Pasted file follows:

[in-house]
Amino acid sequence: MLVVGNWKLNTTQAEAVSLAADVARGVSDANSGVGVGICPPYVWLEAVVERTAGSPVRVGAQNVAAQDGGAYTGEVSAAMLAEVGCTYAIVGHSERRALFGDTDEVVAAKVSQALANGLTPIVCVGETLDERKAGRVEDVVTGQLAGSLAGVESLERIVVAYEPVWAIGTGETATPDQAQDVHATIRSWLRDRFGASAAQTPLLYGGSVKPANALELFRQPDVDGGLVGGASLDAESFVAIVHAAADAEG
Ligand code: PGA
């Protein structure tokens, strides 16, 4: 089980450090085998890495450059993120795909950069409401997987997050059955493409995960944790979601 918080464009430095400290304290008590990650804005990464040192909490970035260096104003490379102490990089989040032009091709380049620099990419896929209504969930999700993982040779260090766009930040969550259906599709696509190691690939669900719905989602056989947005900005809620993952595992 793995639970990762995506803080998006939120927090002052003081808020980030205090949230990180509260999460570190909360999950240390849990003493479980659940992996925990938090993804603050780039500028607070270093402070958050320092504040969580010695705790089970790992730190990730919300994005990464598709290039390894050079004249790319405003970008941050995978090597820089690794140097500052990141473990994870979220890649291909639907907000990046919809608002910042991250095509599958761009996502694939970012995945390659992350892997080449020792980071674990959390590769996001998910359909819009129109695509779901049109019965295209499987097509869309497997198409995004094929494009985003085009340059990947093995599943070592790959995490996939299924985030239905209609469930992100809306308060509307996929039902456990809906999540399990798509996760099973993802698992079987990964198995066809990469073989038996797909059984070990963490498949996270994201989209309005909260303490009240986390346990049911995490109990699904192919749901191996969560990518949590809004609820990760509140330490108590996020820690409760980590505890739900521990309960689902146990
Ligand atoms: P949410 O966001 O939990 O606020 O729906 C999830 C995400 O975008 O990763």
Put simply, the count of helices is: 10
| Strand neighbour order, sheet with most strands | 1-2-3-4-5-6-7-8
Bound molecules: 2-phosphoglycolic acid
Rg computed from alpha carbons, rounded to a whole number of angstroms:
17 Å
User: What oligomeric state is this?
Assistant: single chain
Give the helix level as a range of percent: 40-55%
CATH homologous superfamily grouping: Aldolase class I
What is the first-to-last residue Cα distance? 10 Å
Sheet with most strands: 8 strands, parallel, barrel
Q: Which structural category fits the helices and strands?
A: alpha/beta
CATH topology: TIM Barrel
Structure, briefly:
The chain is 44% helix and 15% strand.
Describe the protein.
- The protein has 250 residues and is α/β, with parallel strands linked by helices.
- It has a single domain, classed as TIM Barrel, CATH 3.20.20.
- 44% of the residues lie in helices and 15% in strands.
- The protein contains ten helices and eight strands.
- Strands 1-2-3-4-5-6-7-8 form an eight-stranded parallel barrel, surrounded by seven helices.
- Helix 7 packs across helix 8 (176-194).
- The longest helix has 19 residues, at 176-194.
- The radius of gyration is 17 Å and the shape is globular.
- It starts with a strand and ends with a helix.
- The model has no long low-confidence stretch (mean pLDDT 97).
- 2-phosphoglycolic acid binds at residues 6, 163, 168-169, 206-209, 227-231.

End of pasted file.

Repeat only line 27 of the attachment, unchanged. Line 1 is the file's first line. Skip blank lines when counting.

- Strands 1-2-3-4-5-6-7-8 form an eight-stranded parallel barrel, surrounded by seven helices.